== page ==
On Wednesday, President Obama signed into law the Defend Trade Secrets Act of 2016 (DTSA). The DTSA sets a single national standard for trade secret protection and gives the option of bringing trade secret cases in federal court and provides for remedies (such as seizure and recovery of stolen trade secrets). The DTSA also creates whistleblower protections for employees who disclose trade secrets to an attorney or governmental official for the purpose of reporting or investigating a suspected violation of law. But most urgently for employers, the DTSA contains a new notice requirement that employers need to take action quickly to satisfy.
Effective immediately, any new or updated agreements with employees, consultants or independent contractors that govern trade secrets or confidential information need to include a “notice-of-immunity.” The notice may be provided via reference to a general policy document rather than restating the entire immunity provisions in each agreement. An employer that fails to provide this notice will forfeit their right to exemplary double damages and attorneys’ fees in an action brought under the DTSA.
Employers wishing to take advantage of the DTSA’s protections need to revise their standard agreements and ensure that any agreement provided on or after May 11, 2016 includes the required notice-of-immunity. We recommend that you consult with legal counsel to ensure compliance with this new requirement.
This morning the Department of Labor announced that it is seeking to increase the number of employees eligible for overtime pay by increasing the minimum salary required if an employee is to be considered exempt under the administrative, executive and professional exemptions. The proposed increase would take the minimum annualized salary from $23,660 to $50,440. In addition, under the proposed rule the threshold for the FLSA’s Highly Compensated Employee exemption would rise from $100,000 to $122,148. Both the minimum salary and the Highly Compensated Employee threshold would be indexed for inflation. The DOL also suggested that it may seek other changes to limit the available overtime exemptions. If this change becomes a final rule, we would expect it to become effective in 2016.
Note that even if employees meet the higher minimum salary requirement, they still must meet the other requirements for exempt status — being paid on a salary basis and satisfying one of the duties tests — to qualify as exempt from overtime requirements.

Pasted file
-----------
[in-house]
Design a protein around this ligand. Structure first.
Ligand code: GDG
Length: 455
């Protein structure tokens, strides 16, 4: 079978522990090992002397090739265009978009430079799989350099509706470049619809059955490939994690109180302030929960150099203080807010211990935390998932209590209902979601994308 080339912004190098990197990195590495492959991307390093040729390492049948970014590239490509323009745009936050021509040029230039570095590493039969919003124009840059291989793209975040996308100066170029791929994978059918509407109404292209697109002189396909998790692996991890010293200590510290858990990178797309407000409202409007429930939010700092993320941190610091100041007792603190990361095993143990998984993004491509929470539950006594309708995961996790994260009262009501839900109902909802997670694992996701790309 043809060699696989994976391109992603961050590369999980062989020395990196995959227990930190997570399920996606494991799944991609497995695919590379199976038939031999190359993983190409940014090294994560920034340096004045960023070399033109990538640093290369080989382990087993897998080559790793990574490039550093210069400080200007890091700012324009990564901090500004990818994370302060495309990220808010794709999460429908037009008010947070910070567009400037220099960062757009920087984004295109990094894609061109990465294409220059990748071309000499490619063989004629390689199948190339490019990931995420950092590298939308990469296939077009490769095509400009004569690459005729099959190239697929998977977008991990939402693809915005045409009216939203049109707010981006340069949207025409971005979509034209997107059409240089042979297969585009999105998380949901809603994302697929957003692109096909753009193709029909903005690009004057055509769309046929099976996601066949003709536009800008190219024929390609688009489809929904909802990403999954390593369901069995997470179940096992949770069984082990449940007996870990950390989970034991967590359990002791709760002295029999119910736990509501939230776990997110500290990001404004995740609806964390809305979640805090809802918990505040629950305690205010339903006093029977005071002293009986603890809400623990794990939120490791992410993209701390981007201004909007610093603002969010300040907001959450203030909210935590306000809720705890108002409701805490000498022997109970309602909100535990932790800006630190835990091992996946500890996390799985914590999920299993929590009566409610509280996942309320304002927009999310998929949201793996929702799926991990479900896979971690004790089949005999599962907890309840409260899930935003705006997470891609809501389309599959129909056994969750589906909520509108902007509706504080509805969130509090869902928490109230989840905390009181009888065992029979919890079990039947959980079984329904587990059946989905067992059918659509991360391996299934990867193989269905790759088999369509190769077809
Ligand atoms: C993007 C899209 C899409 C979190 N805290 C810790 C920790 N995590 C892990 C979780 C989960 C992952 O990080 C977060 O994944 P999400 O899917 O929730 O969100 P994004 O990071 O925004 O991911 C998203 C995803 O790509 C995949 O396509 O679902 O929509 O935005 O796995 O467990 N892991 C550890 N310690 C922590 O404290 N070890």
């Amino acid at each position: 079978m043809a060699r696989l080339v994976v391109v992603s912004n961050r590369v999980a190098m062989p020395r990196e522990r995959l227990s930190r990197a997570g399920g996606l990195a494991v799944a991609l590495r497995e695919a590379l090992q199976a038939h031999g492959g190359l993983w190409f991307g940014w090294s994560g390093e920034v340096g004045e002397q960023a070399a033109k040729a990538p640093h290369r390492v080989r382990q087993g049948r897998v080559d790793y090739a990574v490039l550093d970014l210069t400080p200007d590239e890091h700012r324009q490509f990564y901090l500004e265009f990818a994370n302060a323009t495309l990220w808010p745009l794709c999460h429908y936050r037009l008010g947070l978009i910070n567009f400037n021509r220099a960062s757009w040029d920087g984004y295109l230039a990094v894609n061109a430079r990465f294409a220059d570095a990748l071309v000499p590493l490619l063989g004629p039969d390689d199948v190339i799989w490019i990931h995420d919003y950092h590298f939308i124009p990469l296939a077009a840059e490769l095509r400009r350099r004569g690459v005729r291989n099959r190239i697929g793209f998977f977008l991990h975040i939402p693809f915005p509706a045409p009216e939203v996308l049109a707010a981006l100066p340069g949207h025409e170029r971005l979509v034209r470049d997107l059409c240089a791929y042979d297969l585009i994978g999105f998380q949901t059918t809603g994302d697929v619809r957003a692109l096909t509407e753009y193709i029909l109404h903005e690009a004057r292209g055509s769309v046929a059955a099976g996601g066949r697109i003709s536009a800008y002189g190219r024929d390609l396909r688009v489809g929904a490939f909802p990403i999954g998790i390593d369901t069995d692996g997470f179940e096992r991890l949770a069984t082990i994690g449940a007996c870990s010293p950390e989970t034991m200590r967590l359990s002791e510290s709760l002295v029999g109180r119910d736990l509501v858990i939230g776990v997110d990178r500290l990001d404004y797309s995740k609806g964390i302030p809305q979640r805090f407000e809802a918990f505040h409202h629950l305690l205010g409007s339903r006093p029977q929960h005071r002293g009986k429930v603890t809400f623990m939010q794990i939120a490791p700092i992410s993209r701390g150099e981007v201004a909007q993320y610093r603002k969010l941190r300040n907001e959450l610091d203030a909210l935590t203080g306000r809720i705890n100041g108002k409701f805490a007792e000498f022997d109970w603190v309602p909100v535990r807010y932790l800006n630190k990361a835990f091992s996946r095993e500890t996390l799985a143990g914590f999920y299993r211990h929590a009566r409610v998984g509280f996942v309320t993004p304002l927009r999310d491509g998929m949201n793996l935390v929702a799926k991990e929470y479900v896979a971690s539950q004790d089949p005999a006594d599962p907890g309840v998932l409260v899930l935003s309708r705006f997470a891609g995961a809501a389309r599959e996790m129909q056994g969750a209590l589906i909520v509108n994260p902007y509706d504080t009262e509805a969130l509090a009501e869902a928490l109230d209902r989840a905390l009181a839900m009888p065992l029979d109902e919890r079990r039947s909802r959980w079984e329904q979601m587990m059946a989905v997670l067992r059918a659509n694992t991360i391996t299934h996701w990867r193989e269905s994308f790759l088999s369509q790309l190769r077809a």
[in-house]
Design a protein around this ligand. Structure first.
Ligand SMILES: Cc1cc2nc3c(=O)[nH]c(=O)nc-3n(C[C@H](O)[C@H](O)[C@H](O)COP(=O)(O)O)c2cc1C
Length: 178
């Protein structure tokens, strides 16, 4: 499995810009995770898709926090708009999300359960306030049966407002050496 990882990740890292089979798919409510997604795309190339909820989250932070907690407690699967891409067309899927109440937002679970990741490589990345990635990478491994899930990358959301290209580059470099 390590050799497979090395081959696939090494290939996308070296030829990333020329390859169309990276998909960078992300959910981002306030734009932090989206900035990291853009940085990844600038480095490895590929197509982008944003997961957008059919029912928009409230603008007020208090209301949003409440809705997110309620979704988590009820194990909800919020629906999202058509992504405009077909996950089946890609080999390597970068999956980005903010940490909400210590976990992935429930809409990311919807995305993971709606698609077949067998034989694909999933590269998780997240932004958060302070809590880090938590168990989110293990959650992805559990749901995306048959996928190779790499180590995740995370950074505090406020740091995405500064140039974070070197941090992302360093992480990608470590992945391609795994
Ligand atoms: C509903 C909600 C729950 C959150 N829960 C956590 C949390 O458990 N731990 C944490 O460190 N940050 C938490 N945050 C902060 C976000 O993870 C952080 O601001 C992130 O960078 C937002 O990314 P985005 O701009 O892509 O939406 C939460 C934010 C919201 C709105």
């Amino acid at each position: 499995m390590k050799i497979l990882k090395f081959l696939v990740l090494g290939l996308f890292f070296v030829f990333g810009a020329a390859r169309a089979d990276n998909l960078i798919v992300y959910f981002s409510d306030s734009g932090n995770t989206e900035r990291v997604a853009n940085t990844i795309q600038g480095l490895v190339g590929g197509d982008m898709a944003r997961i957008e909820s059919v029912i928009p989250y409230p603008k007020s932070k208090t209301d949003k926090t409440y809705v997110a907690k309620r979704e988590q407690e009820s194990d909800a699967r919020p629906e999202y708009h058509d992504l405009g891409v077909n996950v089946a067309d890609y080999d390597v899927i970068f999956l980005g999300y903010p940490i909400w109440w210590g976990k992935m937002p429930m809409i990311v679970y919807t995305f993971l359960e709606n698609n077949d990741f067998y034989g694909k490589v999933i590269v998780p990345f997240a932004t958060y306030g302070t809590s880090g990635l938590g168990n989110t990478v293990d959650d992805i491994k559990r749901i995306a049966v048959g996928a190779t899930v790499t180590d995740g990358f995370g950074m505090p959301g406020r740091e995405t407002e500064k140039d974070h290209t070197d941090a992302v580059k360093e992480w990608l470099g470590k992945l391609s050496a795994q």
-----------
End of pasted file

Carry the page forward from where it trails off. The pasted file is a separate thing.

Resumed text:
No action is necessary at the moment as the proposed rule is not final. We will keep you updated on future developments.
It was a big week for the Fair Labor Standards Act.
On March 7th, the Supreme Court let stand a decision that the owner, president and CEO of a supermarket chain in New York is personally liable for his company’s failure to make required payments on a FLSA settlement agreement. The owner argued that to be held personally liable he had to be responsible for the violations (rather than just have general control over corporate operations). However, the Supreme Court refused to hear his arguments against the court of appeals’ decision, which can be interpreted broadly to suggest that an individual may be held personally liable for FLSA violations by virtue of general control of over corporate affairs.
On March 10th, the Supreme Court declined to review an appeals court decision finding that undocumented workers can sue — and recover wages owed — under the FLSA.
Then, on March 13th, President Obama directed the Secretary of Labor to update the FLSA’s overtime exemptions to provide more employees with overtime pay. Some have speculated that the change will be to significantly raise the minimum weekly salary for an employee to be considered exempt under most exemptions (currently $455/week), but changes could also include rewrites of the job duties tests for the frequently used “white collar exemptions” or other limitations on current exemptions. It remains to be seen what changes will be proposed by the administration and whether they can be implemented before the end of the President’s term. We will keep you posted as we learn more.